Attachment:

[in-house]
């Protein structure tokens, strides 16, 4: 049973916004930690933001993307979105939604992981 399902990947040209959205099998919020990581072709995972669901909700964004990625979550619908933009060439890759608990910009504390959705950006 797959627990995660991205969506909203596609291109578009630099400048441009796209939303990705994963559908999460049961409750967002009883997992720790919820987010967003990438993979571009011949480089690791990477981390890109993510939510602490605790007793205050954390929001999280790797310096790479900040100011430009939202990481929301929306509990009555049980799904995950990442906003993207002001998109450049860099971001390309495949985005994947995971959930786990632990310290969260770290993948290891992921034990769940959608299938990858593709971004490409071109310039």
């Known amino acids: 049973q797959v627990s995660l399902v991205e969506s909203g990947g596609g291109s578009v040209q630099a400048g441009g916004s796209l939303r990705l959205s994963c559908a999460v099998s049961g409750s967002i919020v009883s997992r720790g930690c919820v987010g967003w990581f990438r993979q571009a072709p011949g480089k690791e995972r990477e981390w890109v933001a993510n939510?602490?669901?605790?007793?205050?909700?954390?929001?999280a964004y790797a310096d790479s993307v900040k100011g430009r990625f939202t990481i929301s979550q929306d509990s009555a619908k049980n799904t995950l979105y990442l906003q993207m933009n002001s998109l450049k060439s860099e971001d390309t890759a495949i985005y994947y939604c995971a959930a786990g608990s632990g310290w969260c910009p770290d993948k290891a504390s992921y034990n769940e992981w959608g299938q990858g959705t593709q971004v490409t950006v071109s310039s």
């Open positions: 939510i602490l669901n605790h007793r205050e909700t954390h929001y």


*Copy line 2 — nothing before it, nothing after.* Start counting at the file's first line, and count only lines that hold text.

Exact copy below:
């Protein structure tokens, strides 16, 4: 049973916004930690933001993307979105939604992981 399902990947040209959205099998919020990581072709995972669901909700964004990625979550619908933009060439890759608990910009504390959705950006 797959627990995660991205969506909203596609291109578009630099400048441009796209939303990705994963559908999460049961409750967002009883997992720790919820987010967003990438993979571009011949480089690791990477981390890109993510939510602490605790007793205050954390929001999280790797310096790479900040100011430009939202990481929301929306509990009555049980799904995950990442906003993207002001998109450049860099971001390309495949985005994947995971959930786990632990310290969260770290993948290891992921034990769940959608299938990858593709971004490409071109310039």